Kautilya in Arthashastra also talks about the “envoys”. The successful councilors are made as envoys. Those who have ministerial capabilities are made ambassador. Those who are one-quarter less capable shall be given missions. Whoever has half of the above abilities, convey summon. An envoy shall befriend the enemy’s officers who work on boundaries of cities. He also shall know about the size of enemy’s area and about precious things there. When he enters the fort of enemy King, he shall clearly explain the mission assigned to him. Other than these duties, an envoy maintains treaties, gains secret information and makes enemy’s officers and envoys his friends. Therefore, such envoys shall be appointed by the King and he shall guard himself from foreign spies.

Another most important topic covered in Arthashastra is “Protection of Princes”. King shall take extra care of his princes. There are various arguments about this as well from different scholars.  Bharadvaja says that ill-tempered and jealous princes can end up taking the throne of their fathers. So, they shall be punished secretly when they show love for the King. Visalaksha says princes shall be guarded in a safe place because punishing them would be cruel and it would exterminate Kshatriya race. School of Parasara say that fearing from princes seems like fearing from a lurking snake. He may think that his father (King) is locking him up and ends up making his father responsible for his sufferings. So, the prince shall be guarded inside the fort. Pisuna argues that after getting to know the reason of his rustication, he may turn against the King. So, he shall send to the fort of the foreign King. It is like a wolf hidden in a flock of sheep. Kaunapadanta says it is better for a prince to live in his own state in case the foreign king instigates him against his father. Kautilya says a Prince shall learn sciences and refrain from allurements like hunting, liquor or women. If he has good qualities, then he may be appointed as commander-in-chief or the heir. If the King has only son, then attempts shall be made to procreate him a son but never a wicked prince shall be installed on the royal throne.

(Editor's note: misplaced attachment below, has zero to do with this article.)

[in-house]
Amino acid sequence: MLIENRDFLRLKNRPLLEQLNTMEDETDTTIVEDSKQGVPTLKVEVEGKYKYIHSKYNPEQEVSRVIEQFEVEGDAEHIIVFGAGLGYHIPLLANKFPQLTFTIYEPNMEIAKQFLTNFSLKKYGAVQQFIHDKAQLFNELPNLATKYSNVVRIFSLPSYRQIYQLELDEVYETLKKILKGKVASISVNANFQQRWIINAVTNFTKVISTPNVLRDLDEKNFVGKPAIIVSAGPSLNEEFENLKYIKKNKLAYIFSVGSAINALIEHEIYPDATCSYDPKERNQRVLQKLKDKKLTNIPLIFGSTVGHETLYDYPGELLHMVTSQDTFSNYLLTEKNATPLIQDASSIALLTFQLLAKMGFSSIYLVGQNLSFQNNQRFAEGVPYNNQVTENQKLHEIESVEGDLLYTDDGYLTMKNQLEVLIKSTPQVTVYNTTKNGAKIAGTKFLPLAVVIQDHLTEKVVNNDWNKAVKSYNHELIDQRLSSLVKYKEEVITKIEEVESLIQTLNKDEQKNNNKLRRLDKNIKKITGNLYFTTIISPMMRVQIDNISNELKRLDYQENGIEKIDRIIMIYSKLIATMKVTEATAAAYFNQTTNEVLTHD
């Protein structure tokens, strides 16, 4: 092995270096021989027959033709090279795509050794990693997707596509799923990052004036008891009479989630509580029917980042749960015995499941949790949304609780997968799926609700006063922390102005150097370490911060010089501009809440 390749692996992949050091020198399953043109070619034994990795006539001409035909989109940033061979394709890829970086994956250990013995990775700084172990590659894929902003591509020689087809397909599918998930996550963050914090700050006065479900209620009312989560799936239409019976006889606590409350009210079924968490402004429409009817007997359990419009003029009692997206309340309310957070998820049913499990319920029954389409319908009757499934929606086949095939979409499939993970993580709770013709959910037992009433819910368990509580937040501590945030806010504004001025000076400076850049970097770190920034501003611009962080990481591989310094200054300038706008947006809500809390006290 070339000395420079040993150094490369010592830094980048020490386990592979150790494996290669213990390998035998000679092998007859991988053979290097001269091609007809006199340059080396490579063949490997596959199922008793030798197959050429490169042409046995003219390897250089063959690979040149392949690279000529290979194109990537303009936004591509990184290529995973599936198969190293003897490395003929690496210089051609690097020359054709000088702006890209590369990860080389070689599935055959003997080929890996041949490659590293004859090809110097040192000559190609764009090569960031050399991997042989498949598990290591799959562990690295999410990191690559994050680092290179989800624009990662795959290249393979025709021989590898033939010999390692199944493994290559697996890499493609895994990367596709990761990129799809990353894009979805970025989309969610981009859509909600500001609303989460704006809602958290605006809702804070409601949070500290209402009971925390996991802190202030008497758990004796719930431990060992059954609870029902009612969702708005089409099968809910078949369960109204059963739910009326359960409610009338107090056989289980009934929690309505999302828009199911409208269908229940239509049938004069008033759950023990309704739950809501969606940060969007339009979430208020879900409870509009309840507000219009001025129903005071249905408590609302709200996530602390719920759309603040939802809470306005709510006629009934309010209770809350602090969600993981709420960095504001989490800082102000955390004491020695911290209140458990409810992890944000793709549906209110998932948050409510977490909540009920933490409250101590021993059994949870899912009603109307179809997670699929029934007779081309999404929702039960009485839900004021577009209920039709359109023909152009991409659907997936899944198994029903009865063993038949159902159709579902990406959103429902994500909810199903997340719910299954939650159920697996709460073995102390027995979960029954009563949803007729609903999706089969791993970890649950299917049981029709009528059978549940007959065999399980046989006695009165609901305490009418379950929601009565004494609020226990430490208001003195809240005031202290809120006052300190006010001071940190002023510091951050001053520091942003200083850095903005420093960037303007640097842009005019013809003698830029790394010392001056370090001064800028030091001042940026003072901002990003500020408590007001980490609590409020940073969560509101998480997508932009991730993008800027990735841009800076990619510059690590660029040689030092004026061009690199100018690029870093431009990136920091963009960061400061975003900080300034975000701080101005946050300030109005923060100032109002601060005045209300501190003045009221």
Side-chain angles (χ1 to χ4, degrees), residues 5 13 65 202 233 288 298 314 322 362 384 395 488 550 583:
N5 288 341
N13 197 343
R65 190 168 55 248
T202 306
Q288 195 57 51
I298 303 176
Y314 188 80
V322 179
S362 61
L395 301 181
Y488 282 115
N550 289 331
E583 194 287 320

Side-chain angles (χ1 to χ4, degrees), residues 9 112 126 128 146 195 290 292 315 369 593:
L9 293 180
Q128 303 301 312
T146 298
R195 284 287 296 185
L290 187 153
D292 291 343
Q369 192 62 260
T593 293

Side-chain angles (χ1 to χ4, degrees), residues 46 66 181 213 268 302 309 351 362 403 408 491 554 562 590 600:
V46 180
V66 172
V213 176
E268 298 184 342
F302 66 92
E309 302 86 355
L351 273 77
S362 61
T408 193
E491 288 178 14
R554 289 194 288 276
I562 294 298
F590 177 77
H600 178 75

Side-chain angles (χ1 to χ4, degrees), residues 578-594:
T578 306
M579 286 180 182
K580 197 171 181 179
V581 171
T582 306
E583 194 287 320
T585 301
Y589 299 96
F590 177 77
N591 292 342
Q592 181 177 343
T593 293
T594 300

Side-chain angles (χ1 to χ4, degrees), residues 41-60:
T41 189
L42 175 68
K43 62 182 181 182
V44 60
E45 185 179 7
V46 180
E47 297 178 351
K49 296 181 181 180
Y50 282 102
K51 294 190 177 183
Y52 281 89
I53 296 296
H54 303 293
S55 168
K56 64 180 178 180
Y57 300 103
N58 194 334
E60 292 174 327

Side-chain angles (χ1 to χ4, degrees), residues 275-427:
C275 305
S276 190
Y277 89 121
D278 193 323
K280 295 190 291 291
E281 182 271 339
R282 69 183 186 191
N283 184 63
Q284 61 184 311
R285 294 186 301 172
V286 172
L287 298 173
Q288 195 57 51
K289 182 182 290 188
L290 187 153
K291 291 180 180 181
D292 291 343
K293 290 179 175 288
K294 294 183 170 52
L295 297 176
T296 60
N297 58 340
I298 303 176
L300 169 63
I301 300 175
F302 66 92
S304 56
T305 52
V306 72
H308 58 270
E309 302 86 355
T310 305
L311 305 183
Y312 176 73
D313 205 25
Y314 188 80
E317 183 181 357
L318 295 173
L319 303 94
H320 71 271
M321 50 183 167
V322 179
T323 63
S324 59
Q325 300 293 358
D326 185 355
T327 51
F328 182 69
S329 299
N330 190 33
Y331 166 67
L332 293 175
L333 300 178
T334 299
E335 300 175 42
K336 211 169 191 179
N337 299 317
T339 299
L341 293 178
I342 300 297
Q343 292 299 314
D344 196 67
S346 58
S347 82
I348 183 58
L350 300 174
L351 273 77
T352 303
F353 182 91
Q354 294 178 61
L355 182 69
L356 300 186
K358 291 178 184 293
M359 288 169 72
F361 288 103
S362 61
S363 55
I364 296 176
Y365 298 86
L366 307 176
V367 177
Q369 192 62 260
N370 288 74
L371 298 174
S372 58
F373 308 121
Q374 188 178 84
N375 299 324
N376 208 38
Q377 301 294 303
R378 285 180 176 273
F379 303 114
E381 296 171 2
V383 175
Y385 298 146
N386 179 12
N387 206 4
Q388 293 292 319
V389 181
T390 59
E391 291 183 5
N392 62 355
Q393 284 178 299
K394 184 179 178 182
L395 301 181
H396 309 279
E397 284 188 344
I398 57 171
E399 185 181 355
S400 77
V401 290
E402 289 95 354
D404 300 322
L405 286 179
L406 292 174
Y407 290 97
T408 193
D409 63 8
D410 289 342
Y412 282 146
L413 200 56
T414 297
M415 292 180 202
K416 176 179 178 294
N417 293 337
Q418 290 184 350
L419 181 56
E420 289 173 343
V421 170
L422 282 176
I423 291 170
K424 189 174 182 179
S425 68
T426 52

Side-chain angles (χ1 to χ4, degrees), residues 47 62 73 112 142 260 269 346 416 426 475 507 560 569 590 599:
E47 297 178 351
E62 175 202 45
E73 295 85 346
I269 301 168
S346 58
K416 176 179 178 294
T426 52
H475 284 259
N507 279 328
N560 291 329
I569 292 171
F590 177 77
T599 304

“The Duties of a King” are also explained in detail. Firstly, a King should be strong and energetic as the whole nation is looking up to him and would follow him. Secondly, if he is weak then enemies can easily hurt him. A King shall divide his time for different activities. He shall check accounts and expenditures, look into public matters, eat and study, collect revenue, attend superintendents, attend assembly of ministers, receive secret information through spies, his me-time, supervise infantry and military operations’ strategy with commander-in-chief. A King shall never make his officials and public wait. If he is inaccessible to them then confusions and conflicts shall happen, or he may end up falling prey to the enemies. So, he shall attend businesses himself and never postpone them. Kautilya says the King shall ever be active, he shall find his happiness in his people’s happiness. Being active is the only way to get wealth and successes or otherwise he shall perish along with his kingdom.